Sorting algorithms are one of the cornerstones of computer science education. The purpose isn’t to teach you a dozens different ways to sort data when you’ll never need to implement them by hand in your professional life. Instead, they are used as a tool to teach algorithm theory, to show you that there are multiple ways to solve a single problem. And so I begin doing the same with JavaScript and bubble sort.

Bubble sort is usually the first sorting algorithm taught because it is one of the least efficient and yet easiest to conceptually understand. The basic idea is to compare items, two at a time, and make sure that they are in the correct order before moving on to other items. At the end of each pass, a value “bubbles” into the correct position, ultimately leaving only the other items to sort. The basic algorithm is as follows:

  1. Compare the first item to the second item.
  2. If the first item should be after the second item, swap them.
  3. Compare the second item to the third item.
  4. If the second item should be after the third item, swap them.
  5. Continue until the end of the data set is reached.

This process is then repeated a number of times until the data set is completely sorted. With each pass, fewer items need to be evaluated because each pass leaves at least one item in the correct final position. To better illustrate the algorithm, consider an array [3, 2, 4, 5, 1].

If this array were to be sorted into ascending order, the first step would be to compare 3 and 2. Since 3 should be after 2, the items are swapped, resulting in [2, 3, 4, 5, 1]. Next, 3 is compared with 4. Since there are already arranged appropriately, no change is made. Then, 4 is compared with 5 and once again no action is taken. The last step is to compare 5 with 1, and since they are out of order, swap them. This results in [2, 3, 4, 1, 5]. This completes the first pass and the last item in the array is now in the correct permanent spot, so the next pass can leave out that last item.

And so we begin again, comparing 2 and 3 (no swap), 3 and 4 (no swap), and 4 and 1 (out of order so swap them) with the result being [2, 3, 1, 4, 5]. This completes the second pass and now the last two items are in proper order. The third pass just does two comparisons, 2 and 3 (no swap) and then 3 and 1 (swap), resulting in [2, 1, 3, 4, 5]. Now, the last three items are in the correct order. The last pass simply compares 2 and 1 (swap), ultimately ending up with a result of [1, 2, 3, 4, 5]. You can also check out this video for a nice graphical depiction of how the algorithm works.

The first step in implementing bubble sort is to create a method to swap two items in an array. This method is common to a lot of the less-efficient sorting algorithms. A simple JavaScript implementation is:

function swap(items, firstIndex, secondIndex){
    var temp = items[firstIndex];
    items[firstIndex] = items[secondIndex];
    items[secondIndex] = temp;
}

As mentioned before, this algorithm is incredibly inefficient because it requires so many interactions with the data: for every n items in the array, there must be n2 operations to implement the algorithm. This is pretty straightforward to implement in code by having a loop inside of another loop:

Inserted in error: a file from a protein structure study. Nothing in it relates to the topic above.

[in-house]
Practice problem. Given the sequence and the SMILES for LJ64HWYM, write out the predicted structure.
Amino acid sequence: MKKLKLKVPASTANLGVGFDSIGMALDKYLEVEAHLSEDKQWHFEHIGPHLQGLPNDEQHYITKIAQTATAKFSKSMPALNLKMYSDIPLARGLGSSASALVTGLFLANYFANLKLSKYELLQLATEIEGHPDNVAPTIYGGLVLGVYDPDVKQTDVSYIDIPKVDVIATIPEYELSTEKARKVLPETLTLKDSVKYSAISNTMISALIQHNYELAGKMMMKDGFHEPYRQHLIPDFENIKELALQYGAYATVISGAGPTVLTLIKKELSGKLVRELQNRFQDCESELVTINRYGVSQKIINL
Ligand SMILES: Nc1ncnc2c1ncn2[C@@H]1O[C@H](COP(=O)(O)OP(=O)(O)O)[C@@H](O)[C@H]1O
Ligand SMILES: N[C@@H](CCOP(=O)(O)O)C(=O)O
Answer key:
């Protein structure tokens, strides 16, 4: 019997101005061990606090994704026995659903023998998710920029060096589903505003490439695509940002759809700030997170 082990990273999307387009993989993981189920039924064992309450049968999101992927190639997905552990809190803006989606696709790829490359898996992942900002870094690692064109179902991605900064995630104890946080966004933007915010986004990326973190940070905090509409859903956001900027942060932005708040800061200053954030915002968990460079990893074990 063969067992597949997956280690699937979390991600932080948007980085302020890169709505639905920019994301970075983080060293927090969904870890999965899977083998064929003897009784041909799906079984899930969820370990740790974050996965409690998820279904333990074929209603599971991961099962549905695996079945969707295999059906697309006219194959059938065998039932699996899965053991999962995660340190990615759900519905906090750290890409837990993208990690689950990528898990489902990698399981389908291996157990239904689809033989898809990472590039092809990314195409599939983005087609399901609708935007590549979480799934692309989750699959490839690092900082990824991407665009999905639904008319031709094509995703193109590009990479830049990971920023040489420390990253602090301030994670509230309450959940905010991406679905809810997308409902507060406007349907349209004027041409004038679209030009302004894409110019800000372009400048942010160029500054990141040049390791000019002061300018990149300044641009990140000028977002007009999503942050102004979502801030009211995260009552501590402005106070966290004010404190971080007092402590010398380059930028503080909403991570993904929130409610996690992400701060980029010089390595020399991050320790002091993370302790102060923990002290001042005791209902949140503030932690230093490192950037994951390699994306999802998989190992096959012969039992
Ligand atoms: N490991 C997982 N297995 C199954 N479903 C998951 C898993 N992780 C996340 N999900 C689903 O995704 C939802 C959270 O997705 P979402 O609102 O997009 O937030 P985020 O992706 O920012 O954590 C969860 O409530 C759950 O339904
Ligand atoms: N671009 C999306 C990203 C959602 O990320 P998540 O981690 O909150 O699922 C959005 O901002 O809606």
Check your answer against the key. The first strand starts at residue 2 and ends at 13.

function bubbleSort(items){

    var len = items.length,
        i, j, stop;

    for (i=0; i < len; i++){
        for (j=0, stop=len-i; j < stop; j++){
            if (items[j] > items[j+1]){
                swap(items, j, j+1);
            }
        }
    }

    return items;
}

The outer loop controls how many passes are made over the array while the inner loop actually performs comparison of array items. The inner loop determines at which item to stop the comparisons by using the outer loop count and subtracting it from the total number of items in the array. While there are ways to slightly boost the performance of bubble sort, such as keeping track of whether or not any swapping has occurred, this is the simplest implementation of the algorithm.

An alternative form of bubble sort can be accomplished by going through the array in the reverse order, so the items at the front of the array are placed in order first. To do so, simply reverse the loops:

function bubbleSort(items){
    var len = items.length,
        i, j;

    for (i=len-1; i >= 0; i--){
        for (j=len-i; j >= 0; j--){
            if (items[j] < items[j-1]){
                swap(items, j, j-1);
            }
        }
    }

    return items;
}

Both versions are available on my GitHub project, Computer Science in JavaScript.

Once again, bubble sort isn’t something you’re likely to use during the course of your professional career. It is simply a tool to gain a greater understanding of algorithms and a foundation on which to build further knowledge. The built-in Array.prototype.sort() method should be used in almost all cases, as it performs the job quickly efficiently.

Disclaimer: Any viewpoints and opinions expressed in this article are those of Nicholas C. Zakas and do not, in any way, reflect those of my employer, my colleagues, Wrox Publishing, O'Reilly Publishing, or anyone else. I speak only for myself, not for them.

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